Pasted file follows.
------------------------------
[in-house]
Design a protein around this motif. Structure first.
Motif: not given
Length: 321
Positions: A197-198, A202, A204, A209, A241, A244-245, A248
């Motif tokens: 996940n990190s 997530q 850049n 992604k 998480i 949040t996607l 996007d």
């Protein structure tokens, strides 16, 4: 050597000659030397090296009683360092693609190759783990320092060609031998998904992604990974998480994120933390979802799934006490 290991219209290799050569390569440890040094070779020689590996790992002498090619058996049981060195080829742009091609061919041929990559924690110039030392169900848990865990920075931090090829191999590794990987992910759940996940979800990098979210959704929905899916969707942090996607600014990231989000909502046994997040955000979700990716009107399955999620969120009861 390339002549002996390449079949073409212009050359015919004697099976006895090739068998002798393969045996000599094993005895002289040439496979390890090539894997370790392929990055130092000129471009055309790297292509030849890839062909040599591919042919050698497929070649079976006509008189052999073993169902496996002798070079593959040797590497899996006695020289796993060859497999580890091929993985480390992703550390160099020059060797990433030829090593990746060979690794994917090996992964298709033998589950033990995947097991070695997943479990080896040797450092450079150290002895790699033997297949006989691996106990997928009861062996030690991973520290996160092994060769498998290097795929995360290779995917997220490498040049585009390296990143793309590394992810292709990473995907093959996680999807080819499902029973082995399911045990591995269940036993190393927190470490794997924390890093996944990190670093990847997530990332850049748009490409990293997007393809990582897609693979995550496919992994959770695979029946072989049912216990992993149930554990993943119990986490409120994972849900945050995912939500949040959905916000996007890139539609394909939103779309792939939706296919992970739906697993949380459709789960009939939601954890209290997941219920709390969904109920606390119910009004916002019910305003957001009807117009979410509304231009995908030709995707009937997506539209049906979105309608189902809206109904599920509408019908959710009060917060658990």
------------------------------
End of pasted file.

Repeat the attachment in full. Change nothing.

[in-house]
Design a protein around this motif. Structure first.
Motif: not given
Length: 321
Positions: A197-198, A202, A204, A209, A241, A244-245, A248
């Motif tokens: 996940n990190s 997530q 850049n 992604k 998480i 949040t996607l 996007d």
């Protein structure tokens, strides 16, 4: 050597000659030397090296009683360092693609190759783990320092060609031998998904992604990974998480994120933390979802799934006490 290991219209290799050569390569440890040094070779020689590996790992002498090619058996049981060195080829742009091609061919041929990559924690110039030392169900848990865990920075931090090829191999590794990987992910759940996940979800990098979210959704929905899916969707942090996607600014990231989000909502046994997040955000979700990716009107399955999620969120009861 390339002549002996390449079949073409212009050359015919004697099976006895090739068998002798393969045996000599094993005895002289040439496979390890090539894997370790392929990055130092000129471009055309790297292509030849890839062909040599591919042919050698497929070649079976006509008189052999073993169902496996002798070079593959040797590497899996006695020289796993060859497999580890091929993985480390992703550390160099020059060797990433030829090593990746060979690794994917090996992964298709033998589950033990995947097991070695997943479990080896040797450092450079150290002895790699033997297949006989691996106990997928009861062996030690991973520290996160092994060769498998290097795929995360290779995917997220490498040049585009390296990143793309590394992810292709990473995907093959996680999807080819499902029973082995399911045990591995269940036993190393927190470490794997924390890093996944990190670093990847997530990332850049748009490409990293997007393809990582897609693979995550496919992994959770695979029946072989049912216990992993149930554990993943119990986490409120994972849900945050995912939500949040959905916000996007890139539609394909939103779309792939939706296919992970739906697993949380459709789960009939939601954890209290997941219920709390969904109920606390119910009004916002019910305003957001009807117009979410509304231009995908030709995707009937997506539209049906979105309608189902809206109904599920509408019908959710009060917060658990």